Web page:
The gray (or grey?) areas of English and American spelling

English writer Oscar Wilde once quipped: “We and the Americans have much in common, but there is always the language barrier.” And George Bernard Shaw described the English and the Americans as “two peoples separated by a common language.”

The truth, however, is that in both spelling and grammar the differences between the two leading varieties of English are few and amount to no more than a bump in the road to educated speakers of the language.

As we saw in a previous column, the main differences in spelling in America can be traced to American Noah Webster. But he also won a few spelling battles in Great Britain. His argument against the k in words such as critick, frolick, publick won out on both sides of the Atlantic.

But even though he persuaded Americans to adopt the simpler spelling in words like favor, odor, humor, and center (instead of favour, odour, and humour), the British balked and kept the old French forms. (In modern French they are faveur, odeur, humeur.) The British also retain the French spelling of centre but not the French pronunciation. They pronounce it essentially like the American center.

The Americans also simplified the diphthongs inherited from Greek and Latin—oe and ae—in words like amoeba, encyclopaedia, and mediaeval. In American English these became ameba, diarrhea, encyclopedia, and medieval. Programme, catalogue, cheque, and tonne became program, catalogue, check, and ton in America. Regardless of the spelling, however, there only minor variations in pronunciation.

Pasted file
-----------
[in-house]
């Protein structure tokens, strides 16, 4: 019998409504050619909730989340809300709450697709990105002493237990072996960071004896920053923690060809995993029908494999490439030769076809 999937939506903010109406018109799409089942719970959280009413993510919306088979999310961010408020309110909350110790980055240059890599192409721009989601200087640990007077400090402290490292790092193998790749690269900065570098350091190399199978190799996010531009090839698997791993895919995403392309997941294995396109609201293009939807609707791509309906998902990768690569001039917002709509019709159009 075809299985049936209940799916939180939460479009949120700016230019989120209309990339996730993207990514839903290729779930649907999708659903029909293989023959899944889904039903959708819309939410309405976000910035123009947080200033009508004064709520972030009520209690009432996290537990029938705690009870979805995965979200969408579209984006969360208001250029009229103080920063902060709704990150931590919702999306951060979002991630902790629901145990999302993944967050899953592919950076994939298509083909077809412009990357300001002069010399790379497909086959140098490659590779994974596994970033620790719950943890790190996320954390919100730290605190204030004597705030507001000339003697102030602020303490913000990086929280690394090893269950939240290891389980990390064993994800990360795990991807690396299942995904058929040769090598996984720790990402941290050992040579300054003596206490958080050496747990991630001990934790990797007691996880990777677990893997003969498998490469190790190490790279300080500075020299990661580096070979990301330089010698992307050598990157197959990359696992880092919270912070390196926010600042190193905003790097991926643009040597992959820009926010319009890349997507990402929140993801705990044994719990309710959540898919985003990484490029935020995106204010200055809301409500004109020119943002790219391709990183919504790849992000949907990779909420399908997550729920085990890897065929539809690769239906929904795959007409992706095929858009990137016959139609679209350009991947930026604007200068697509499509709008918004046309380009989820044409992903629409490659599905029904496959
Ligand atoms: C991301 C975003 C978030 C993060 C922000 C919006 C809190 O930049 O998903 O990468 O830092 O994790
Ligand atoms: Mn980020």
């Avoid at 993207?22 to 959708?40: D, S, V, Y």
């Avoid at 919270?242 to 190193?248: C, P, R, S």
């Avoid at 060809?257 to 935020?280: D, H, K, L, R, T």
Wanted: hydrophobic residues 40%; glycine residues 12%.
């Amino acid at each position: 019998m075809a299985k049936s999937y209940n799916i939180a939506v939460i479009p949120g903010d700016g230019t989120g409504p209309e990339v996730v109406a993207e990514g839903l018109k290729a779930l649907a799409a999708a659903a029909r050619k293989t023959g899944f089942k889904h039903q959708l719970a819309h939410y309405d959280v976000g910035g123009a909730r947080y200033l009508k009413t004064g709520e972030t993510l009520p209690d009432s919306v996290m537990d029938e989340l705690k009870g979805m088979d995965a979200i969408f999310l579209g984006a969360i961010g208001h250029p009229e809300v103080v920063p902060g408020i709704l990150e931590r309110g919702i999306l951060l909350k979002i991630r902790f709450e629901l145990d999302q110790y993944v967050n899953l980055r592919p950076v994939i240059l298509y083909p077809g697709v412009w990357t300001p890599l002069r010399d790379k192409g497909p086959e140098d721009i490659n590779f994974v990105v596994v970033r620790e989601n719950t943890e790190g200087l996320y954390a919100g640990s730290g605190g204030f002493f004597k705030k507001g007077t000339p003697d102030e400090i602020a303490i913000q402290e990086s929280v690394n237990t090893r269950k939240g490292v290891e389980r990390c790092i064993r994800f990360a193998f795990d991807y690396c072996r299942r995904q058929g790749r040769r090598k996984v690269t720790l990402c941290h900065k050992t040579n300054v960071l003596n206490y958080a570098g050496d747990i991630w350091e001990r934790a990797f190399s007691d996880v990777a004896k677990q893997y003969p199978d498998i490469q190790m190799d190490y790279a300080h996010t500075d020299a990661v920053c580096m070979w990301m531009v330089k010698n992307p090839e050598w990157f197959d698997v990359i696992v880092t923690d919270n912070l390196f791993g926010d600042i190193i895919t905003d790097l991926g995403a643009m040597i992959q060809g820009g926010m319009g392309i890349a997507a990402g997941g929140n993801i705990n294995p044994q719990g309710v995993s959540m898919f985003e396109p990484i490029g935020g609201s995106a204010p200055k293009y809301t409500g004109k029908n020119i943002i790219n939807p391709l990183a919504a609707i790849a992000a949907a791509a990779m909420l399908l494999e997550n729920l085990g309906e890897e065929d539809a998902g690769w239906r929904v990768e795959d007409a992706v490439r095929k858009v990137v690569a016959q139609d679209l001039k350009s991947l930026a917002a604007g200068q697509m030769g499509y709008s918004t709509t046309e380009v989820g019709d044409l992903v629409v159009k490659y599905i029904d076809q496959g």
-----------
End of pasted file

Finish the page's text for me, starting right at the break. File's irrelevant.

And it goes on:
Is it “grey” or “gray”? The British prefer the first, the Americans, the second. Actually both coexisted a thousand years before English settlers arrived in America. It seems that both came from the Old English variants graeg and greg. These in turn were descended from old Frisian. Modern Frisian is said to be the closest relative of English.

All transplanted languages tend to be conservative. English, Spanish, French, and Portuguese in the New World confirm the rule. No wonder, therefore, many Americanisms are survivors of the Elizabethan Age. In response to a criticism of American English, James Russell Lowell turned the tables by remarking humorously that the Americans “unhappily could bring over no English better than Shakespeare’s.”

Editor’s note: A Friendswood resident, Harold Raley served two terms on City Council and was Mayor Pro Tem. A linguist, professor and writer, he is the author of a dozen books and was Chairman of Foreign Languages at the University of Houston and later Dean of Fine Arts and Humanities at Houston Baptist University. Presently he is Senior Editor of Halcyon Press book Publishers in Pearland. Readers may contact Dr. Raley at haroldraley@sbcglobal.net